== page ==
Crystal Caverns has its own unique story and place in history…and very haunted! We learned that the famous psychic, Jeanne Dixon, used to visit the caverns and was able to really feel and be in touch with her psychic abilities when down here. The caverns are closed to the public now unfortunately.
After looking through the museum and the fantastic gift shop with beautiful John Paul Strain prints on display for purchase, we walked across the parking lot into the fields. What a gorgeous day it was!
Upon leaving Hupp’s Hill, we looked over to see the lone monument that sits along Rt 11 next to the entrance to the park. Over time, the writing on it has diminished and we no longer are in the know of who the monument was for.
So…you do never know what is in your backyard. Maybe YOU have a “Hupp’s Hill” just waiting to be explored by you and your family. You could find treasures anywhere you look. I sure did yesterday and I highly recommend if you are in the Shenandoah Valley to go visit Hupp’s Hill – its truly is a remarkable place.
I absolutely love Southern food. Southern culture. Southern…everything!
Growing up in Virginia and having a stepmother who was a native Virginian as well, it was a special treat to always have biscuits and gravy…macaroni and cheese…fried chicken…fried okra…mashed potatoes…and the pies? They were amazing! It was funny when my dad decided that he needed to go on a healthier diet due to his cholesterol issues and my stepmother had to figure out how to cook without Crisco. How does one cook without Crisco? 🙂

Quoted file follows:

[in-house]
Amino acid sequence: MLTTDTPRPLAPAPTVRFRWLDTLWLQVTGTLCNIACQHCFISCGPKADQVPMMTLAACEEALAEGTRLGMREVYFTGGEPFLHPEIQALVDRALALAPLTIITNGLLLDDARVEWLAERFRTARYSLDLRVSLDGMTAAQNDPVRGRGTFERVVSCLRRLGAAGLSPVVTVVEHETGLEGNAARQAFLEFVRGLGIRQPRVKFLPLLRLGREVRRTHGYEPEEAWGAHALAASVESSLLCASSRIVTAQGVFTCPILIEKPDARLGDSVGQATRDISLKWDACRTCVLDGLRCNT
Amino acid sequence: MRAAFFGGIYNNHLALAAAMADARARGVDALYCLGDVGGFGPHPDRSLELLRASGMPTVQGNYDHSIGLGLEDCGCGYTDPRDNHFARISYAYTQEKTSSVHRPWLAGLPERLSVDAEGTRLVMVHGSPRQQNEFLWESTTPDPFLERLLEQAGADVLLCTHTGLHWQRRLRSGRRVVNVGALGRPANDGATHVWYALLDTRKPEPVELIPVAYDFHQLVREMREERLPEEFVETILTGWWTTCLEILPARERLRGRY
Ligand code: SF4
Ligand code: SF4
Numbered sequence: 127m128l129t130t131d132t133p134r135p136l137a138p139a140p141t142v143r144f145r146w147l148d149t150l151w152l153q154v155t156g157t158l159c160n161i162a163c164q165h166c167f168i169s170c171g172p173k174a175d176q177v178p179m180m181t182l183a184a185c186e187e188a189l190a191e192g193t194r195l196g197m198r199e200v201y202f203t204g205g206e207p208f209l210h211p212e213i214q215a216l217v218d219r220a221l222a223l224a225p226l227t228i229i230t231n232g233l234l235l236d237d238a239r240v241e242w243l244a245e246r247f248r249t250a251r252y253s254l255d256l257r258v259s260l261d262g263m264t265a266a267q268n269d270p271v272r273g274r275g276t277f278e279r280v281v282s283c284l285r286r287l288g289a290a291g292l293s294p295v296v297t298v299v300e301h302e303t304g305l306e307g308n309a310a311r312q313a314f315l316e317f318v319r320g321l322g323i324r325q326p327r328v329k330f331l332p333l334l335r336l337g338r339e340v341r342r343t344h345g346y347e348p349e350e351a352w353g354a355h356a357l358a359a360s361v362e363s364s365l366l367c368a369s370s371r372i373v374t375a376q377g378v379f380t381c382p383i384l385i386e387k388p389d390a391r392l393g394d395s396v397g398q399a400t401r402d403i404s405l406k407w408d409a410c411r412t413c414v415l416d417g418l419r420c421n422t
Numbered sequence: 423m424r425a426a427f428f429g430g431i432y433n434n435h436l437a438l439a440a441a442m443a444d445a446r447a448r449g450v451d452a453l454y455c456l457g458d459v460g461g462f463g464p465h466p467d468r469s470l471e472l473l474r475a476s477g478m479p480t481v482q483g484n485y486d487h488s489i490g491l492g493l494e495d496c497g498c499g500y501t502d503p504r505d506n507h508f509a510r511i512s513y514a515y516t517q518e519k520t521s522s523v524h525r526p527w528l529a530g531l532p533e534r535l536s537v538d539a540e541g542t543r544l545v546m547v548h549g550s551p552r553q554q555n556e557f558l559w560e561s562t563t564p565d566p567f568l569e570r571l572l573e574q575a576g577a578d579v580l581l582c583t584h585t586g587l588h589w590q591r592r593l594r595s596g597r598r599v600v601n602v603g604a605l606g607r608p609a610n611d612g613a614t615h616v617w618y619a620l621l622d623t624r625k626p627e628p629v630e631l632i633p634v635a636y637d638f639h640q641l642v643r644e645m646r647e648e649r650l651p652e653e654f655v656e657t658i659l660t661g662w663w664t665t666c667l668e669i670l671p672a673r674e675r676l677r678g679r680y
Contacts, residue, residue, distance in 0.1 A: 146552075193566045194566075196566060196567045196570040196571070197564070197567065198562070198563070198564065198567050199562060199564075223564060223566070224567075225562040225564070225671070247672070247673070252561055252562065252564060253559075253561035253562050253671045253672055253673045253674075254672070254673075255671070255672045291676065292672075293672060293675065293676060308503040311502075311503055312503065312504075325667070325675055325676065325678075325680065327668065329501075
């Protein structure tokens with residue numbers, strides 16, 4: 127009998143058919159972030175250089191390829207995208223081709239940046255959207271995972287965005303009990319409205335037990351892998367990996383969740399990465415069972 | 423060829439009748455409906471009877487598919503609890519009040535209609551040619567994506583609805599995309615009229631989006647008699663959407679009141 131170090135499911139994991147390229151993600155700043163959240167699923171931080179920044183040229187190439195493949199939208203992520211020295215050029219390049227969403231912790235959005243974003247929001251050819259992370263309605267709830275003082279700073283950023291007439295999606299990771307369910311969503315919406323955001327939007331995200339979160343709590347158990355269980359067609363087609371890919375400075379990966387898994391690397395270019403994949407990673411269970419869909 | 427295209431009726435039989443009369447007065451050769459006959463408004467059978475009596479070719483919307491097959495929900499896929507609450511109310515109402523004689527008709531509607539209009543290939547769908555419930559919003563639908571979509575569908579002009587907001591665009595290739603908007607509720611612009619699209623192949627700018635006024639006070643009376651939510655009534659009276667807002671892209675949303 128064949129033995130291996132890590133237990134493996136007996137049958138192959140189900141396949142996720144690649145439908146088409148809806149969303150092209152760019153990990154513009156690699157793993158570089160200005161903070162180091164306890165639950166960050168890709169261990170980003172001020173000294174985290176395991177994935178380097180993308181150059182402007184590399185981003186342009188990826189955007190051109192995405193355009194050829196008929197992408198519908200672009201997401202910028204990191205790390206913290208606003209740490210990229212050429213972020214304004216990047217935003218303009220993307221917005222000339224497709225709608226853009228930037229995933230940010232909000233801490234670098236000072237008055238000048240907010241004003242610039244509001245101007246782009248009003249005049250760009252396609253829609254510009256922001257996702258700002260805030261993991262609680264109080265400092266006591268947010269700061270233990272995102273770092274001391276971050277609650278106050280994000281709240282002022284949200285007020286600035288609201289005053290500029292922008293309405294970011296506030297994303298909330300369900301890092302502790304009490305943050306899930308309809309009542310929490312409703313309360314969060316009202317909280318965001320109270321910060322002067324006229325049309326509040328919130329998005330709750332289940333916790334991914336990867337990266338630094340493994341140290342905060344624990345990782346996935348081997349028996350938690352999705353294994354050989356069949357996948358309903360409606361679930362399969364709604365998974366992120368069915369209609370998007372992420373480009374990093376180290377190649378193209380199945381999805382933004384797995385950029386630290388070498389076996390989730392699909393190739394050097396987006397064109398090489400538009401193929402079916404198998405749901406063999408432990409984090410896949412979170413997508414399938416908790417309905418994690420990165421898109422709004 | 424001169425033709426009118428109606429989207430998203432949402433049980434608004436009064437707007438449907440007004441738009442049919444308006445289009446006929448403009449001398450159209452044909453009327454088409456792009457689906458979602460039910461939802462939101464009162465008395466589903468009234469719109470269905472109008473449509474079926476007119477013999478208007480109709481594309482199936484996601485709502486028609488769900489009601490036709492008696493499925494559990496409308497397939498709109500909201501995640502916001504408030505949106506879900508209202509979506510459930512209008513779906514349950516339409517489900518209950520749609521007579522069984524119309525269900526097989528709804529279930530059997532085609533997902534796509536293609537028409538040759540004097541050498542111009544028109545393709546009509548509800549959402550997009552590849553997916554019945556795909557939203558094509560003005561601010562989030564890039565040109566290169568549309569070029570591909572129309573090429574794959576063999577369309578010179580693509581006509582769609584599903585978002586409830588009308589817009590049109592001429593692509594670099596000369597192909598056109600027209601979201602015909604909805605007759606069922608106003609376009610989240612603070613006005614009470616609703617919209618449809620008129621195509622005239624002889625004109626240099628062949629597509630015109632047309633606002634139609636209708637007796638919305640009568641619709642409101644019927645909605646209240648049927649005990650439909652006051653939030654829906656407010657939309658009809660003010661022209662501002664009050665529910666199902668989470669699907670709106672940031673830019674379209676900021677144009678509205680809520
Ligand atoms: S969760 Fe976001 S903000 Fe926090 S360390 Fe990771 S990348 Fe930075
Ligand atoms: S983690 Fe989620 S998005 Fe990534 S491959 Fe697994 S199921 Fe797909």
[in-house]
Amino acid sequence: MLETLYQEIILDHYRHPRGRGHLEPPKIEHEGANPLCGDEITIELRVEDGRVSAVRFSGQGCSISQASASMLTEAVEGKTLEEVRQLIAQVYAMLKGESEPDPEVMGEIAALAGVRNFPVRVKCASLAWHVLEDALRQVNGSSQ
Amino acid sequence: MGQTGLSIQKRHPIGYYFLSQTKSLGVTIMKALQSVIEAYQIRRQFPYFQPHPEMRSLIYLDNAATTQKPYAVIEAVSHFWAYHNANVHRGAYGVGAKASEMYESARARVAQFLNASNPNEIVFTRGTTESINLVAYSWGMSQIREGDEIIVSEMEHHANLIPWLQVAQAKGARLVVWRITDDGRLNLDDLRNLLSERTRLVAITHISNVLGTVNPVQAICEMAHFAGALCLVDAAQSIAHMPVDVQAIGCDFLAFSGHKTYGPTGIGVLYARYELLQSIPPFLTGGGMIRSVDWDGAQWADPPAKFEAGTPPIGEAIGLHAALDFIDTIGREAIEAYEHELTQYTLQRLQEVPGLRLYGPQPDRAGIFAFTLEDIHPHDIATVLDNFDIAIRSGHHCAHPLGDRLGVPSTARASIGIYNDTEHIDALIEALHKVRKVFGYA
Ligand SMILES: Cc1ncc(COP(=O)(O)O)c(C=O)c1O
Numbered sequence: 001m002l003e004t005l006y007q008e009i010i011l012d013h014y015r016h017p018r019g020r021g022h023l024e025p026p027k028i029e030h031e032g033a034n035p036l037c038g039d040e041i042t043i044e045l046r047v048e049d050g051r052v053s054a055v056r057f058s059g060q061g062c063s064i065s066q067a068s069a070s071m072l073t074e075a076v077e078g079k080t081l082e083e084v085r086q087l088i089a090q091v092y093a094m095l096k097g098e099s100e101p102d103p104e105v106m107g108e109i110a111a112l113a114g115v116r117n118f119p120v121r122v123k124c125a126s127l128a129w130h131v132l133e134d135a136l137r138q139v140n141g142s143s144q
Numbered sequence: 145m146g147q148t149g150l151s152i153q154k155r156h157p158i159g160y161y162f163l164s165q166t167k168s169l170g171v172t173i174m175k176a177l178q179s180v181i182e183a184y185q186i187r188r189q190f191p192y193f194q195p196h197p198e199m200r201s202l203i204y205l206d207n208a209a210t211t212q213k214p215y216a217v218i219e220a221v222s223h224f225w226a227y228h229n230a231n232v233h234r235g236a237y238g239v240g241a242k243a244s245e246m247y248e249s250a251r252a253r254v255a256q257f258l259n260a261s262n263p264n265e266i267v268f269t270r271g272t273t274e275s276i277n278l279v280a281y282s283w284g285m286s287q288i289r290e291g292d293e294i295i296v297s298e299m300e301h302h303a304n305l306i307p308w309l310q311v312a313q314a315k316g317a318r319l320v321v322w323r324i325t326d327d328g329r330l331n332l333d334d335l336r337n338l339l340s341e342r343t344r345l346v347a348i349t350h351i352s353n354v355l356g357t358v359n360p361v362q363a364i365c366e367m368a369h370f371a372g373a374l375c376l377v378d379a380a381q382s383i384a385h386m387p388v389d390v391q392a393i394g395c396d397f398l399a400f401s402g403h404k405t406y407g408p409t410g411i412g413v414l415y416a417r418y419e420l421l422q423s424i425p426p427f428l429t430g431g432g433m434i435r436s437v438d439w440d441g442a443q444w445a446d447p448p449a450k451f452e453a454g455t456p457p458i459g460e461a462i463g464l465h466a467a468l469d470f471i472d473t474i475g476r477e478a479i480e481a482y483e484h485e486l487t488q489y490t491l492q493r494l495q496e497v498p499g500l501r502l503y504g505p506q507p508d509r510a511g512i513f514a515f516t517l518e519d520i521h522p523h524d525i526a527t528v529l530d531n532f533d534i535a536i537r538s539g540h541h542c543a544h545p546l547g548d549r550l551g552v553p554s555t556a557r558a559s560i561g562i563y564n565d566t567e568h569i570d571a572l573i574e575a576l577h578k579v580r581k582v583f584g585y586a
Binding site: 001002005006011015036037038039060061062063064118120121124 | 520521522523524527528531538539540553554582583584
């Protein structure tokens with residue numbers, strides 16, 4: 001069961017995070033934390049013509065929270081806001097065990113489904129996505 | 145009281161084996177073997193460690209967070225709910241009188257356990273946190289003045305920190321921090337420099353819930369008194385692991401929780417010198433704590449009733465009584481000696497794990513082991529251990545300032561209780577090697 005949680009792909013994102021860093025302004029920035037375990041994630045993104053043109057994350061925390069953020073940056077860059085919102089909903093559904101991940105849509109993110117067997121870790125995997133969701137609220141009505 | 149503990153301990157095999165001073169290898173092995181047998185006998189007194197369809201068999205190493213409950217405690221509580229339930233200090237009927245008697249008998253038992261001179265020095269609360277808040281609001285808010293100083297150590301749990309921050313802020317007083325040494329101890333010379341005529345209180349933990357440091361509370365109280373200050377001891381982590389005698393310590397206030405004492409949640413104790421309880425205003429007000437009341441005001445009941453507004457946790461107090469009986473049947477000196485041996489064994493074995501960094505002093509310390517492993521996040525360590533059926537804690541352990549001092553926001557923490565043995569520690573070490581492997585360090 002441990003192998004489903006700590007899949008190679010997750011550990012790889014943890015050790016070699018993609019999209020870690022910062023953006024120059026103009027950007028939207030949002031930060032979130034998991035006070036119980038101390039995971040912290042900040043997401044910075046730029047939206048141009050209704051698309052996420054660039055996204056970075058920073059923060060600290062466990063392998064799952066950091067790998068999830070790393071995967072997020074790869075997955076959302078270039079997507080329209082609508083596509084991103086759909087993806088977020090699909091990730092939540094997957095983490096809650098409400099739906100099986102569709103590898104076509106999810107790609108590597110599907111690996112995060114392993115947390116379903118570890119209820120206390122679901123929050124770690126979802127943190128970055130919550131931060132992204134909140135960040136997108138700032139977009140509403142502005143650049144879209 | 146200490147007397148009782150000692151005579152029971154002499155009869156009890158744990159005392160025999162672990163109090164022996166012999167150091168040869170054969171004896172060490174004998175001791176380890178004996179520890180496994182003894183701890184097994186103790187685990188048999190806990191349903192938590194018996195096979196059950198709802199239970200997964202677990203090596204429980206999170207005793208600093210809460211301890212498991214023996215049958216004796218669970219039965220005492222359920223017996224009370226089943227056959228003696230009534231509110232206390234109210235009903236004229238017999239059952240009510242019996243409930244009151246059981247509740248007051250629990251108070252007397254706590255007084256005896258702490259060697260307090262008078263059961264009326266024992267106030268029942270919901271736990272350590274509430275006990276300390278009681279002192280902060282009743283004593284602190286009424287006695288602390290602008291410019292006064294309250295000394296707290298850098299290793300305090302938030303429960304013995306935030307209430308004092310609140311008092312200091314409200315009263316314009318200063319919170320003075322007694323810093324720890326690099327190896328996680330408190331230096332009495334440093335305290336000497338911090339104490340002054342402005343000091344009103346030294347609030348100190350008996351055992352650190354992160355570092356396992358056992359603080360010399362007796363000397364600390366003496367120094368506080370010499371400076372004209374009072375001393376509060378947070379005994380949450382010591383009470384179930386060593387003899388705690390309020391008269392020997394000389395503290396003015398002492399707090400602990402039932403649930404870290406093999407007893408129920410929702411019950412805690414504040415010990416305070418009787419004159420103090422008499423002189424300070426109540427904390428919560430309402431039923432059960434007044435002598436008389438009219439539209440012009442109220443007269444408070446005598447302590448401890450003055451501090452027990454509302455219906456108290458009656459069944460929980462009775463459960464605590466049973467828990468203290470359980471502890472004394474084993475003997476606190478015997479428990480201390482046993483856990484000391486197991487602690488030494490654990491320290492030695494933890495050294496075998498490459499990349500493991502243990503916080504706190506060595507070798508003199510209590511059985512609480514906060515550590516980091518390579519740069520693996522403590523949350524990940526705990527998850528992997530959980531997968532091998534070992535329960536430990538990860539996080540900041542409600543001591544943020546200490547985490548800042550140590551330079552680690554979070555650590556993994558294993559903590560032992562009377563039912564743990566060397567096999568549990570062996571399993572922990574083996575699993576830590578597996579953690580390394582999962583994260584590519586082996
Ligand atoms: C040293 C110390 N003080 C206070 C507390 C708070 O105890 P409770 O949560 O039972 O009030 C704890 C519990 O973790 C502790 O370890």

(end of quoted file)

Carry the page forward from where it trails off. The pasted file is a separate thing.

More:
When I came across the recipe for Jefferson Davis Pie it reminded me immediately of the comforts of home and growing up in the South. It is very sweet, rich and yummy – all things that are so sinfully delicious! I love the history of it as well and knowing that the recipe was used by Jefferson Davis’ family was really interesting.
You can read more about the history of the pie right here courtesy of Sweet Tea and Cornbread.
Hope you get a chance to make it in your kitchen and taste the yumminess! Enjoy!
In the kitchen tonight making something Southern (and oh so yummy!) that was once enjoyed by a famous person in the Civil War era and it’s his family recipe. Can’t wait to share with you later! #historicalcooking #civilwar #historicalrecipes 🇺🇸
My Country, Tis of Thee
My country tis of thee
sweet land of liberty
Of thee I sing
Land where my fathers died
Land of the pilgrims’ pride
From ev’ry mountainside
Let freedom ring…
It is so much fun being able to make (and taste!) things that our ancestors once enjoyed. To be able to eat something that Thomas Jefferson enjoyed? Well, this is way too cool!
Thomas Jefferson had quite an exquisite taste for all things – especially food and he really enjoyed the French cuisine when he was the Minister to France from 1785 to 1789. One of his favorites was this French style marinated asparagus.
To read more about the history of Thomas Jefferson’s love for asparagus and view the recipe you can click here.